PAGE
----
COMMERCE CITY, Colo. — They came to see the legend break a record, but instead got to see the prodigy make a statement.
On the night Clint Dempsey was expected to tie or even break Landon Donovan's record for most career U.S. national team goals, it was Christian Pulisic who delivered a pair of key strikes to help the U.S. earn a vital 2-0 victory over Trinidad & Tobago.
Facing the same team they demolished last September in another home qualifier, the Americans found it much tougher to break down Trinidad & Tobago's defense, at least in the first half. Things changed after halftime when Darlington Nagbe's incisive dribble broke down the defense and Pulisic finished off the best sequence of the night for the Americans.
Pulisic didn't need long to secure the insurance goal, racing past his mark before slipping a hard and low shot past T&T goalkeeper Jan-Michael Williams in the 65th minute, essentially settling the match against a Soca Warriors side that isn't really built to play from behind.
If the talk about giving Pulisic time to develop hadn't already been silenced back in March with his impressive outings, then the funeral for the play-it-safe approach to handling Pulisic took place on Thursday night, with the Dortmund youngster shoveling the dirt on the coffin with his two-goal effort.
Once again, Pulisic dealt with physical treatment from an opponent, with a hard foul in the opening minutes making it clear Trinidad & Tobago didn't want to let him get comfortable. Pulisic responded the same way he did against Panama, by continuing to attack and shaking off the rough play.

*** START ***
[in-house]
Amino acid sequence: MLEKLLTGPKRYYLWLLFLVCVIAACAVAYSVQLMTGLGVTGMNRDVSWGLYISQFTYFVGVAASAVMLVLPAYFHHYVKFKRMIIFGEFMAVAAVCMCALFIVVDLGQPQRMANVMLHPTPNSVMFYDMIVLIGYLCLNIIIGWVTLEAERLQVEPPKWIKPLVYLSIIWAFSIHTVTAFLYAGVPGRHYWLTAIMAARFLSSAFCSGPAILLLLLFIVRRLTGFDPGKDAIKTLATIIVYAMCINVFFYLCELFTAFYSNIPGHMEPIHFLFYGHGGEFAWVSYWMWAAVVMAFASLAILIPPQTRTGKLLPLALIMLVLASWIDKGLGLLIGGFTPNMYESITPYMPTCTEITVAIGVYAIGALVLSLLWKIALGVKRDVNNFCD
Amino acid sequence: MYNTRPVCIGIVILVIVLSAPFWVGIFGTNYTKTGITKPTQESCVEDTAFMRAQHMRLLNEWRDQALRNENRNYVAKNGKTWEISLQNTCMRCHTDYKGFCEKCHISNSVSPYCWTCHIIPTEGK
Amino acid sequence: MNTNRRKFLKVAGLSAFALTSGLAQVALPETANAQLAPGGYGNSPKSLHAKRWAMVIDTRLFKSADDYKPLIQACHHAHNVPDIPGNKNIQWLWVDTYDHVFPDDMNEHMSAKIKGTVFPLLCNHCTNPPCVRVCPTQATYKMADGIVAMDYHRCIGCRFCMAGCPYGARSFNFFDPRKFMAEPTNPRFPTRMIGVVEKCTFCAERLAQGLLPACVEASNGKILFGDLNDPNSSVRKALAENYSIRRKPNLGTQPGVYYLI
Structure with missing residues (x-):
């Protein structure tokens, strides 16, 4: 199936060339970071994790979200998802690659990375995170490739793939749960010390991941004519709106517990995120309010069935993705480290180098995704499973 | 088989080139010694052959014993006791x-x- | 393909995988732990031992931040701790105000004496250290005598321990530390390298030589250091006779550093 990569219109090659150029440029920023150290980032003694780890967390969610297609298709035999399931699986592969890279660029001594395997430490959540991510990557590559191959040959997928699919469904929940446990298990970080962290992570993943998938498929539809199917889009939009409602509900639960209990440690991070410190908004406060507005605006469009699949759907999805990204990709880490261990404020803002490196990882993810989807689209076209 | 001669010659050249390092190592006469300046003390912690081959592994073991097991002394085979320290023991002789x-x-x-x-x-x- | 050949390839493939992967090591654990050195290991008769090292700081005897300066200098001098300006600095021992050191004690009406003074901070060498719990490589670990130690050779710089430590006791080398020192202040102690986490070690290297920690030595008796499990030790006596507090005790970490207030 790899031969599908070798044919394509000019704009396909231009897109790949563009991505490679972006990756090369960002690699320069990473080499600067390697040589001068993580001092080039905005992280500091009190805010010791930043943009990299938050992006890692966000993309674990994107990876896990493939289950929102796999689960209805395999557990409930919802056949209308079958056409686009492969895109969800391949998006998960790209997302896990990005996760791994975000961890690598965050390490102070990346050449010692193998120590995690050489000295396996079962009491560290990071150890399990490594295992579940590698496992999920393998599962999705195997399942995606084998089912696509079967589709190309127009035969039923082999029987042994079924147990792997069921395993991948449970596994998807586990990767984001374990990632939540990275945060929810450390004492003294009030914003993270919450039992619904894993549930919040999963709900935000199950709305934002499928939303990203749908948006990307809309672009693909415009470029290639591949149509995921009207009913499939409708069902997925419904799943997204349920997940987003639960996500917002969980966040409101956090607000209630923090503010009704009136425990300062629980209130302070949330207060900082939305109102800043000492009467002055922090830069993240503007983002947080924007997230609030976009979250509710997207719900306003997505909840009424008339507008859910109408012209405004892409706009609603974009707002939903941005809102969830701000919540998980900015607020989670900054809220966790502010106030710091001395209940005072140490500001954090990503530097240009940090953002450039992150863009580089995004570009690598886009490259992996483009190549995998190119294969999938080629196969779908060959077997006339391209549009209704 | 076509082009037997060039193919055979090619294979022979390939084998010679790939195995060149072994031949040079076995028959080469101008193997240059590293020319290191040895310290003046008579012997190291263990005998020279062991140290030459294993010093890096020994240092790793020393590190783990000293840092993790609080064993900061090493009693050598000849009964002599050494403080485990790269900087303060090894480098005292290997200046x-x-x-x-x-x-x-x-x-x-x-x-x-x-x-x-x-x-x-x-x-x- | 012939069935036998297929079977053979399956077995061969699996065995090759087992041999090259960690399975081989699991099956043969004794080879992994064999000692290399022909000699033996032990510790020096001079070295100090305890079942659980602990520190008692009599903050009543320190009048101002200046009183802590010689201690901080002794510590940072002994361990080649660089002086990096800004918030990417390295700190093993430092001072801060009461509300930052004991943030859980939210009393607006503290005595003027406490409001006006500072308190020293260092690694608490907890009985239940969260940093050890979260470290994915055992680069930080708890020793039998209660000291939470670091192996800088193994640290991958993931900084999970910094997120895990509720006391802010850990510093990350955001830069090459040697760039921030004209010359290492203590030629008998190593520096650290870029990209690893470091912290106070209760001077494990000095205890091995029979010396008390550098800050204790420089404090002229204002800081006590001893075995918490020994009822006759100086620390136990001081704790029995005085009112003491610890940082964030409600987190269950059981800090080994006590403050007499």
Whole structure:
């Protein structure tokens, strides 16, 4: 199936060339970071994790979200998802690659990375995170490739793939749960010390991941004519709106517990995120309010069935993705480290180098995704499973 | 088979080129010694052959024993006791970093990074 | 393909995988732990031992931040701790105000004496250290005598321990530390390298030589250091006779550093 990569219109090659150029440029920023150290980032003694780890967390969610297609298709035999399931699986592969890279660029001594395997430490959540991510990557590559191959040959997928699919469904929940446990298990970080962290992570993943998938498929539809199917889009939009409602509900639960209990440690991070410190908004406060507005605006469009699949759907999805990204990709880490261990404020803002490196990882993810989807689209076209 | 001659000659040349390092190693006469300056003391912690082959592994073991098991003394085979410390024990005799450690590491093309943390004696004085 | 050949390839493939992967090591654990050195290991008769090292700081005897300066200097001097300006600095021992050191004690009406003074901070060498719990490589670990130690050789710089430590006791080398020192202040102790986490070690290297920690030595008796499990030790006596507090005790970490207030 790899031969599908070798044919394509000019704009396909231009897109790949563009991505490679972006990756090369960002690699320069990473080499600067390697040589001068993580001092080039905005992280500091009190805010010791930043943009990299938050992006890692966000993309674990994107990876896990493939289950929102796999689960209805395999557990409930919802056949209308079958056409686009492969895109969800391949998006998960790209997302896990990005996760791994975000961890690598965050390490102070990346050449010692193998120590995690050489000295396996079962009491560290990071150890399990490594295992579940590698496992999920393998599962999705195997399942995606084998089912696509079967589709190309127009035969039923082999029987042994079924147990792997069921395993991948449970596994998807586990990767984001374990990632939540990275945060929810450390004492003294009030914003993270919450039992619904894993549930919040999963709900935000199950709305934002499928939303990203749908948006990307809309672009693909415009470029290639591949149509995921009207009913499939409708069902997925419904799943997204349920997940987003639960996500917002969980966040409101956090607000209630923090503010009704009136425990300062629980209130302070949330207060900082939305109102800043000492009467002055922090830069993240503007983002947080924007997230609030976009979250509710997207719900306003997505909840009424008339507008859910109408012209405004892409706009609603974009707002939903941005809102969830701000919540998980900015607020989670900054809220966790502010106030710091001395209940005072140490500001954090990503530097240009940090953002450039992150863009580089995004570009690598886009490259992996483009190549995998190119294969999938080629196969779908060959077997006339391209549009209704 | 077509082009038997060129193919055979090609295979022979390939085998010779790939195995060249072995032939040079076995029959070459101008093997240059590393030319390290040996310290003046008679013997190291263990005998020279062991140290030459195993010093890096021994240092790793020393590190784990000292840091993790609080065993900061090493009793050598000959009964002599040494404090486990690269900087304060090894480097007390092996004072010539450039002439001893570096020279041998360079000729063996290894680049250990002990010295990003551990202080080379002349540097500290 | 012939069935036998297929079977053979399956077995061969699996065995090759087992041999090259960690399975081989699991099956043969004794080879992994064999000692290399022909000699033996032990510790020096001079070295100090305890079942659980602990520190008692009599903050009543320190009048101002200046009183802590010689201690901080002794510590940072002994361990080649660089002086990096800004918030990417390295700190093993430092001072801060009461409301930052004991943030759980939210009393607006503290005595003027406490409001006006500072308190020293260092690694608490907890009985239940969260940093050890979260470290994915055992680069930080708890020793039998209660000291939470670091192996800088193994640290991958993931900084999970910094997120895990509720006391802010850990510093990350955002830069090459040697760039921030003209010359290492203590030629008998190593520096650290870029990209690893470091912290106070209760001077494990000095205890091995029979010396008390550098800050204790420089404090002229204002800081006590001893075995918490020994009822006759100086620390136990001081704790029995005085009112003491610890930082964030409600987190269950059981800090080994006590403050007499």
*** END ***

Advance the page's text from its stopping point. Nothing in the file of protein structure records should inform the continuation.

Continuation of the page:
"If I were any team that played us, I’d certainly target him," U.S. goalkeeper Tim Howard said. "I keep saying, I’m not sure he’d win a street fight, but he’ll always get stuck into a tackle. He’s not afraid. He’s a big boy, he plays in the Bundisliga. He knows what it is about. He’s not afraid, and that’s huge for us. Because you look at him, he’s not the biggest and he doesn’t look the strongest. Teams are always going to come in and try and get stuck into him. That probably suits us and then we just have to protect him."
"He’s played in some big games. He’s a big boy now," coach Bruce Arena said of Pulisic. "To be honest with you, we’re not playing in an age-group competition. No one cares how old you are or anything like that. He’s got to deal with it and he’s been fine. I think he made out okay tonight.”
Dempsey's night ended early, with Arena pulling him out just a minute before Pulisic's second goal. The Seattle Sounders star could be seen protesting the early exit with Arena, but the USA boss needed only to point to Pulisic racing down the field and settling the outcome to show it wasn't a bad move.
“There’s a guy with a lot of confidence and he wants to be on the field," Arena said when asked about Dempsey's reaction to being subbed off. "However, my job is to do what I think is right for the team and position us to win the game. And I understand that he’s a very competitive guy. We talked about it and he’s OK. He’s got a real competitive edge to him. And at that point in the game I needed to take out a forward. I chose Clint over Jozy."
Arena's change made sense on multiple levels. The U.S. held the lead and needed more stability in midfield, which Kellyn Acosta was able to provide. Pulling Dempsey early increases the chances he can take on an increased role against Mexico on Sunday. Then there was the unintended — or shrewdly intentional — consequence of having a fired up Dempsey ahead of Sunday's showdown with Mexico. Dempsey has made a career out of feeling like he needs to prove himself, and the competitor in him must have felt like a challenge was laid down.